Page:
You’re producing this album yourself? What made you choose that?

There’s a lot of reasons, really. The last two records we made we were really lucky, we had an awesome team of people that we worked with. Butch Vig producing and the engineer, Billy Bush. I really recognised those opportunities for what they were in that both Butch and Billy are extremely talented and have a lot of knowledge, so I just paid as much attention as I could during those records. I say it a lot in interviews but I look at those record experiences as the closest I’ll get to college. I finished that, those records are done, so now it’s like time to apply all the knowledge you’ve learned and test the theories and do it on your own.

Of course going in, deciding to transition and everything like that, was definitely not some decision that I made overnight and it was a long time in the making and a lot of thought went into it. Knowing that you’re going to make this major life decision and then you’re also gonna keep doing what you do – you’re a musician and you make records so how can you do that and feel comfortable knowing that you’re gonna be doing all these things? The idea of going into a stranger’s studio and working with some stranger as an engineer when you’re working through issues with something really intensely personal, I just didn’t feel comfortable with it. I needed to build a space where I felt completely uninhibited, where I could make the record I wanted to make and that kind of meant doing it literally all on our own. We found a building, laid down the floor, put in the ceiling, built the walls, got all the gear together. I mean, we’ve been amassing gear over the years but we got the major recording rig, ProTools rig, and then have just been going for it. I’ve gotten into recording a couple of other bands, you know, really just trying to make the most out of having this space.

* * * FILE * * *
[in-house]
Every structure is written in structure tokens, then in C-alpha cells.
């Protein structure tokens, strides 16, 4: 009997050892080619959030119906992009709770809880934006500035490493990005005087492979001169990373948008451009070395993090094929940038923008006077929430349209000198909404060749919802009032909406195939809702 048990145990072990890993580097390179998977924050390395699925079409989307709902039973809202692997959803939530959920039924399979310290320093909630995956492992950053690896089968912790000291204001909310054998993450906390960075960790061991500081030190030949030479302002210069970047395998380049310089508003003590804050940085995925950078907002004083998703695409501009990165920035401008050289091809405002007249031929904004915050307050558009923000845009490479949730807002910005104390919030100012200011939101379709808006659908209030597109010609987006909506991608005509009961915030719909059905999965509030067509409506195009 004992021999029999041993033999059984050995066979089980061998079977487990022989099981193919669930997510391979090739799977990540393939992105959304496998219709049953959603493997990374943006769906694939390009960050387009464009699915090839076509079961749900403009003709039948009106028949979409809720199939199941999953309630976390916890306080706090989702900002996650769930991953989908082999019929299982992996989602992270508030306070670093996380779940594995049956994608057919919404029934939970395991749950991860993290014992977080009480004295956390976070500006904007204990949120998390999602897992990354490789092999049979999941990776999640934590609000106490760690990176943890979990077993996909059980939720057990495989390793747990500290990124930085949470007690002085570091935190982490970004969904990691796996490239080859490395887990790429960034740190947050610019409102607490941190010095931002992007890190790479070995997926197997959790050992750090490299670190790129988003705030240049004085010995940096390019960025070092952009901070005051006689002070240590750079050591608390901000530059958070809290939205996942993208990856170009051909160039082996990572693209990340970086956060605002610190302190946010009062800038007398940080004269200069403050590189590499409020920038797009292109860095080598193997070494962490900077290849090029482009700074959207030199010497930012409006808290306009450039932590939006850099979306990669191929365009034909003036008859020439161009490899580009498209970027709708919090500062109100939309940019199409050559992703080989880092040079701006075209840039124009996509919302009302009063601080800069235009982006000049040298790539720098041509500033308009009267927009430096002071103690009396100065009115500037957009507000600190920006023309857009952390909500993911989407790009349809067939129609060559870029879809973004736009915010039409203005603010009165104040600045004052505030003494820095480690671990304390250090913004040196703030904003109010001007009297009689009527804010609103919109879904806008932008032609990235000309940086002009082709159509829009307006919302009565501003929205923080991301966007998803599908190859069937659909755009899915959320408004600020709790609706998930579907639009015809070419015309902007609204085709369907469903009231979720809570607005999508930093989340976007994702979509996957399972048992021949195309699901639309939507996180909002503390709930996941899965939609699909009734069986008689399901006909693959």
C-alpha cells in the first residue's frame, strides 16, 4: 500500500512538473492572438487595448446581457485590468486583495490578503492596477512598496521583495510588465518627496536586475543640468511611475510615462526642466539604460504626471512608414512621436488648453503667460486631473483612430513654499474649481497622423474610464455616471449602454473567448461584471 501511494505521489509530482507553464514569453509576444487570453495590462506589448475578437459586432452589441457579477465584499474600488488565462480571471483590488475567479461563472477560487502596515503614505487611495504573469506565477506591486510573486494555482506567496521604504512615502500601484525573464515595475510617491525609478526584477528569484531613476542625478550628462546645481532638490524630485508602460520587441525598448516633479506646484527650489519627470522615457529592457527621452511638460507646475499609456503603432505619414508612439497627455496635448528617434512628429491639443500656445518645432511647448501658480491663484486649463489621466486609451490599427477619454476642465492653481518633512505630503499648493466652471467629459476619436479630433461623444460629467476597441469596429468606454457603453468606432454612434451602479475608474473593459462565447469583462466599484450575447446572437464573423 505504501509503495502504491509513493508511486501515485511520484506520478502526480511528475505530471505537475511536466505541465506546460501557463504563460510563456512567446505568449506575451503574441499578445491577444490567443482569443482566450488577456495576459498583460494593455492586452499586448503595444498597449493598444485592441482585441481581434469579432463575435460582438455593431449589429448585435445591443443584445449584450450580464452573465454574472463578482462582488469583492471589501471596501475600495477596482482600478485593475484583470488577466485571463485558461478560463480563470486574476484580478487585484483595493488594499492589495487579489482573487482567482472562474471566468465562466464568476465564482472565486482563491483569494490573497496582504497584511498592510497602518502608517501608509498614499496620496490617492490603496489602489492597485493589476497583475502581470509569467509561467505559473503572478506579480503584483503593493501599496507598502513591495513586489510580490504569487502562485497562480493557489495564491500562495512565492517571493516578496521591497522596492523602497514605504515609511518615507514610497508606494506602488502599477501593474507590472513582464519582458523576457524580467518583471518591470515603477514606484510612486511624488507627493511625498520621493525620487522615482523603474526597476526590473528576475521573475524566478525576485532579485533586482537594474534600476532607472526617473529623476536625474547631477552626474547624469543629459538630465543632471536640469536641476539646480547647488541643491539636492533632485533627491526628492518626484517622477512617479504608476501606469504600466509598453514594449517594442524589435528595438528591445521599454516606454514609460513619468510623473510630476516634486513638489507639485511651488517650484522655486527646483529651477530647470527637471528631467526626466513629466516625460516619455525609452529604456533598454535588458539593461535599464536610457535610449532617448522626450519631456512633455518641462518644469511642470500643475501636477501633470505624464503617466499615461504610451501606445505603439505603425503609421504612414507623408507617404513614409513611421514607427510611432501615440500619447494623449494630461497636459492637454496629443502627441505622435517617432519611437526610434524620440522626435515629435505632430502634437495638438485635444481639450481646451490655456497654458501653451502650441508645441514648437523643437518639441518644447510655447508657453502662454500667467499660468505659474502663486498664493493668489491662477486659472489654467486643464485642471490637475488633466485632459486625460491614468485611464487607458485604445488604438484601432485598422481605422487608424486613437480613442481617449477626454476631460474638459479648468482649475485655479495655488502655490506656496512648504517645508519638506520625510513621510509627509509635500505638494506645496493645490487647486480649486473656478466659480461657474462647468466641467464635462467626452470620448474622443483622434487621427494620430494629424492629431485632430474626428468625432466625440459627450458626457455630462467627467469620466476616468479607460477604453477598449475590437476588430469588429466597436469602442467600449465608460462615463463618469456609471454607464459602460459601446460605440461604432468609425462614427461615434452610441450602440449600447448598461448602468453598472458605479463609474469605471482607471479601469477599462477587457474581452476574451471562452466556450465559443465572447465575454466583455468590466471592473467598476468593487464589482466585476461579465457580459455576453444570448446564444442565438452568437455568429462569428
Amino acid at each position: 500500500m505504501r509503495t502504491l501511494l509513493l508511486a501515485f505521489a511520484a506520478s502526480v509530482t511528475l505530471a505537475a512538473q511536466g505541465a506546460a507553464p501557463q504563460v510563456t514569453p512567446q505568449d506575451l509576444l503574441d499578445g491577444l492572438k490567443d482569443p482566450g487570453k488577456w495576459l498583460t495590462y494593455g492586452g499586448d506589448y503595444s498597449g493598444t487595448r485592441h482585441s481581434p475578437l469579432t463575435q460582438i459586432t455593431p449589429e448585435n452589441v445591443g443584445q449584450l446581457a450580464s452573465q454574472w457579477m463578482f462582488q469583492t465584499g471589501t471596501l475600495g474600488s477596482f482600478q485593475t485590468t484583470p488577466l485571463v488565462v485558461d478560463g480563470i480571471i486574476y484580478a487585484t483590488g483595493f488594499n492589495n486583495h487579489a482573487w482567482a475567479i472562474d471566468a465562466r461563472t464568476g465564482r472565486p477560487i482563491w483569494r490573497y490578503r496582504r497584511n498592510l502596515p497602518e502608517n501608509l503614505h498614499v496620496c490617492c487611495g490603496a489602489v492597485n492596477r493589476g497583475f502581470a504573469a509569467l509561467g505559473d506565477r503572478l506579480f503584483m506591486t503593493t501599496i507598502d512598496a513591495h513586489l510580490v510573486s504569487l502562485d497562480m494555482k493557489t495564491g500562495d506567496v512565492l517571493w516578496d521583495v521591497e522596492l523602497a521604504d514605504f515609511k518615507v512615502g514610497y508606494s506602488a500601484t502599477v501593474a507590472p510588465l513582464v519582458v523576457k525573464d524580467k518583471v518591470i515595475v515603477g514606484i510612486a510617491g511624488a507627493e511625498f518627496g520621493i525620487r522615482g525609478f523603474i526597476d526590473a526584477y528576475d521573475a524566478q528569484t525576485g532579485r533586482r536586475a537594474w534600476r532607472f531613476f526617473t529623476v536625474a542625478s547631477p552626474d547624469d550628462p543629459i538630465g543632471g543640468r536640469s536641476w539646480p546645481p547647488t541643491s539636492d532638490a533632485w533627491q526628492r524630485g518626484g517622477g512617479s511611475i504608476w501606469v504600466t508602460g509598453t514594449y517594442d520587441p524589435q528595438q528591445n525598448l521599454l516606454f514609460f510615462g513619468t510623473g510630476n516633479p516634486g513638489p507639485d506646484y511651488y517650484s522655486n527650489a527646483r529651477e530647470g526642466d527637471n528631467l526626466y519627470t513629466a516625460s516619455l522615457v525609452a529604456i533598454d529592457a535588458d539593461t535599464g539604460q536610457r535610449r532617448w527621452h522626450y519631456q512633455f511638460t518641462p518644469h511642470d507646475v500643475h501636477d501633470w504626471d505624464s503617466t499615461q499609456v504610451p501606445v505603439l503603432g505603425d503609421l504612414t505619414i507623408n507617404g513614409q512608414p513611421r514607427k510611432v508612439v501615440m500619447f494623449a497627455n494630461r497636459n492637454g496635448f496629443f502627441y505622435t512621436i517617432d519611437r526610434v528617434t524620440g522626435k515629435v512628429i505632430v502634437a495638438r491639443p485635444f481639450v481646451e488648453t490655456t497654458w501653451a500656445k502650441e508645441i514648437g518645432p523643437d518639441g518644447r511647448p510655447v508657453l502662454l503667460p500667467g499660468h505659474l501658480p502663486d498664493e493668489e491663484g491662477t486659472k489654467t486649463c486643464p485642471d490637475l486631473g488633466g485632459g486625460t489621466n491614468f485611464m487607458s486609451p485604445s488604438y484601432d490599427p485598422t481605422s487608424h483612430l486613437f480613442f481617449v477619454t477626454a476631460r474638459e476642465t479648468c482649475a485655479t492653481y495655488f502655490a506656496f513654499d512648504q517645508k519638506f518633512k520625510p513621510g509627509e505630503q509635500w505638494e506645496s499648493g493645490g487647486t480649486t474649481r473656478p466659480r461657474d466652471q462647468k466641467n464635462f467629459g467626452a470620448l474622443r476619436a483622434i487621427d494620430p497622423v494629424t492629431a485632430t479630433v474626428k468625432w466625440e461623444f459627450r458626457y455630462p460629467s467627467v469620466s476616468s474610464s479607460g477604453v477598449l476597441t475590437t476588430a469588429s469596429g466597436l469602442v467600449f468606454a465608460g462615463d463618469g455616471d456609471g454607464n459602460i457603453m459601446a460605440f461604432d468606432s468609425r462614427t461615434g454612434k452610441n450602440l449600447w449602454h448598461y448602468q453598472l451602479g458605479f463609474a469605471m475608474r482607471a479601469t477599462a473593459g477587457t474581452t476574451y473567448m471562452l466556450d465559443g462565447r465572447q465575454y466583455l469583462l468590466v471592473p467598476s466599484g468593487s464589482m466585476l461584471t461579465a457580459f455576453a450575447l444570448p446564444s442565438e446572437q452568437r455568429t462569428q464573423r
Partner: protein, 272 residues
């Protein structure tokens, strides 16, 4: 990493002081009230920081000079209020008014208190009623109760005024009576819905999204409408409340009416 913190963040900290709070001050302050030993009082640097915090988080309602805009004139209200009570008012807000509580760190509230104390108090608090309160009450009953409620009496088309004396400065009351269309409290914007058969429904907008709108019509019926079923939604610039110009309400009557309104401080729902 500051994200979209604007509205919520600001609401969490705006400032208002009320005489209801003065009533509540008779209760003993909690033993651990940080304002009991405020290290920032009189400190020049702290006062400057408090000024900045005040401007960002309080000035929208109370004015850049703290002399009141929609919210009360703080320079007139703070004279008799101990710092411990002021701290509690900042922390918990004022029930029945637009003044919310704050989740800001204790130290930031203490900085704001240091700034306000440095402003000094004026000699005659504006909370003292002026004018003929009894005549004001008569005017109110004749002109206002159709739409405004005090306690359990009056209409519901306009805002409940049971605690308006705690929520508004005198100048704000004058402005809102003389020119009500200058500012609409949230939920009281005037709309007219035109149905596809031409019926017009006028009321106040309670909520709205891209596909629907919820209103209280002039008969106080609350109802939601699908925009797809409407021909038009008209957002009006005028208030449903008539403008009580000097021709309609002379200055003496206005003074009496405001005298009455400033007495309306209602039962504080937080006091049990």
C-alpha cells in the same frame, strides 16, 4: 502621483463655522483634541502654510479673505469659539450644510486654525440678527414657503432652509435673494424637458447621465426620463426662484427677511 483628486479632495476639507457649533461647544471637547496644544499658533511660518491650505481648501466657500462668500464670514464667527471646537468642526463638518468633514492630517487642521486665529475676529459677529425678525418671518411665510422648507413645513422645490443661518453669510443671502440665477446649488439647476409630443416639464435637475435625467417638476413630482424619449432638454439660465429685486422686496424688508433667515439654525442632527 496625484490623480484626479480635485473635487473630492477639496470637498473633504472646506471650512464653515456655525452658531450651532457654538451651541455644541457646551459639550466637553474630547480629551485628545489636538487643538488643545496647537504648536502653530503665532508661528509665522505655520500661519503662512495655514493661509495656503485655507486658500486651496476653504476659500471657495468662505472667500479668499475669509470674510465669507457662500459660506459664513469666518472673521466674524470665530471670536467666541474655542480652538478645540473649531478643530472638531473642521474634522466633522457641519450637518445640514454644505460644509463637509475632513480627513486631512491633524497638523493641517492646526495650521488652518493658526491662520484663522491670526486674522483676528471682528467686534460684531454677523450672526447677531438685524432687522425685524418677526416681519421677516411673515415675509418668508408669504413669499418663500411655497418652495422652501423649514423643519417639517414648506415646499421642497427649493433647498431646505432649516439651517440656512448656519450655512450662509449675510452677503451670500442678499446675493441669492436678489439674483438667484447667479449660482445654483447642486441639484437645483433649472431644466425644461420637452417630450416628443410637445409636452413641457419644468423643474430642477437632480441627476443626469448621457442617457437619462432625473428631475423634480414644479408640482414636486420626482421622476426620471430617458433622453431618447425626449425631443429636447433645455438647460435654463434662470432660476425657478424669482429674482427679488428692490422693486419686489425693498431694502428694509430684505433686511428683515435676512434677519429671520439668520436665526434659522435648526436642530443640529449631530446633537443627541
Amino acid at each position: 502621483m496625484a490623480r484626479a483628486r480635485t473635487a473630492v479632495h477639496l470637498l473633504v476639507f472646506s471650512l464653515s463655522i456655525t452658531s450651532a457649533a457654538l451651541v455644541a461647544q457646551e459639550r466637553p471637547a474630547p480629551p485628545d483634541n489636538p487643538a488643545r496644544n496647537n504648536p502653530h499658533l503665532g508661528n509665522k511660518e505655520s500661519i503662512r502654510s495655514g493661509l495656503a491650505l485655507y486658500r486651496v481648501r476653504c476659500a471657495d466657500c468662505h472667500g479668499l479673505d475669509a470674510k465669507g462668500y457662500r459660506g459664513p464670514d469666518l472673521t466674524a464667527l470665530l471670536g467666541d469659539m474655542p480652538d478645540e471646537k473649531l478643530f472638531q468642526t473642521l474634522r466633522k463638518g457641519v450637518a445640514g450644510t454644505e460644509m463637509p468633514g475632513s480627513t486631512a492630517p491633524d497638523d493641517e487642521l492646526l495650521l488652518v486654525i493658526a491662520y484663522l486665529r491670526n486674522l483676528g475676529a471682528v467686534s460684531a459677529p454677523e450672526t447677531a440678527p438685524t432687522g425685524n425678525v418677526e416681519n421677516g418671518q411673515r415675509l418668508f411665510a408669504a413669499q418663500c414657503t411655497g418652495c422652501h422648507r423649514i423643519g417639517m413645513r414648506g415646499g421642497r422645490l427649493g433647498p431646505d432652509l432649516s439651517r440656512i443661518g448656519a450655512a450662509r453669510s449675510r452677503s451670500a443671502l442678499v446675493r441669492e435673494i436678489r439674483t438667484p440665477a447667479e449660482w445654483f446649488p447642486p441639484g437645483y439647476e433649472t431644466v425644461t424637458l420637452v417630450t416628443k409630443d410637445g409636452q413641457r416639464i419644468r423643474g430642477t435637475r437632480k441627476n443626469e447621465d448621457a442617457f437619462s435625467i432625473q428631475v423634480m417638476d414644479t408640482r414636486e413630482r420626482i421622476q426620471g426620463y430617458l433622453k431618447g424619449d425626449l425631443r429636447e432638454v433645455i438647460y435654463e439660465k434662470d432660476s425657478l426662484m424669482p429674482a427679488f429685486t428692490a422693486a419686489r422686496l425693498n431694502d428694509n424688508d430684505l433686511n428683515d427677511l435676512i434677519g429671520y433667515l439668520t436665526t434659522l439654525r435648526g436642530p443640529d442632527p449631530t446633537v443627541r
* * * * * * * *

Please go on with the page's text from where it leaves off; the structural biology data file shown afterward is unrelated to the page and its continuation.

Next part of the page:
What were some of the specific things that you learned from working with those guys on two albums?

Well, there’s really no end to the things. A lot of it’s boring, technical stuff that would seem obvious, like make sure the guitars are in tune [laughs] and paying attention to timing and mic placement technique – to selecting pre-amps, amplifiers, guitars, microphones. And then just how to get the right feel for a song, and how to make a song work in the right way in the actual writing process of it, and putting it together. How to demo a song and get it ready to the point where it’s ready to go into the studio, you know?